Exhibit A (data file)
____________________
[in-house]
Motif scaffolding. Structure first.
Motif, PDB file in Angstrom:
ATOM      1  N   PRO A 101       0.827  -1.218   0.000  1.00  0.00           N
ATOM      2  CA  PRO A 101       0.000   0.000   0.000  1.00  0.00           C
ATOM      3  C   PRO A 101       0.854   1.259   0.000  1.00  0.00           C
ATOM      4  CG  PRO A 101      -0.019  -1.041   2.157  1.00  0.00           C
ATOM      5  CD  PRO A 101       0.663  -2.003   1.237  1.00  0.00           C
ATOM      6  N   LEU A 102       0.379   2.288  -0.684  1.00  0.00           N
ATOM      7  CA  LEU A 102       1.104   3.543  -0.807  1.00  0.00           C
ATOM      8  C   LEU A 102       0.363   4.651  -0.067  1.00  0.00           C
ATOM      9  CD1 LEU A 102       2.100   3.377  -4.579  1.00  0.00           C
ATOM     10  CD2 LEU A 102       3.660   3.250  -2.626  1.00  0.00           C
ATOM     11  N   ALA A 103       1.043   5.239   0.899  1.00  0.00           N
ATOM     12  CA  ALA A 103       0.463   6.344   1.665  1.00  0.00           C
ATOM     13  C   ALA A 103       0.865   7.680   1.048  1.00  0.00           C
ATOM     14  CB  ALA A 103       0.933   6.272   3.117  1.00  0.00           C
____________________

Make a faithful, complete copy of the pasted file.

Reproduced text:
[in-house]
Motif scaffolding. Structure first.
Motif, PDB file in Angstrom:
ATOM      1  N   PRO A 101       0.827  -1.218   0.000  1.00  0.00           N
ATOM      2  CA  PRO A 101       0.000   0.000   0.000  1.00  0.00           C
ATOM      3  C   PRO A 101       0.854   1.259   0.000  1.00  0.00           C
ATOM      4  CG  PRO A 101      -0.019  -1.041   2.157  1.00  0.00           C
ATOM      5  CD  PRO A 101       0.663  -2.003   1.237  1.00  0.00           C
ATOM      6  N   LEU A 102       0.379   2.288  -0.684  1.00  0.00           N
ATOM      7  CA  LEU A 102       1.104   3.543  -0.807  1.00  0.00           C
ATOM      8  C   LEU A 102       0.363   4.651  -0.067  1.00  0.00           C
ATOM      9  CD1 LEU A 102       2.100   3.377  -4.579  1.00  0.00           C
ATOM     10  CD2 LEU A 102       3.660   3.250  -2.626  1.00  0.00           C
ATOM     11  N   ALA A 103       1.043   5.239   0.899  1.00  0.00           N
ATOM     12  CA  ALA A 103       0.463   6.344   1.665  1.00  0.00           C
ATOM     13  C   ALA A 103       0.865   7.680   1.048  1.00  0.00           C
ATOM     14  CB  ALA A 103       0.933   6.272   3.117  1.00  0.00           C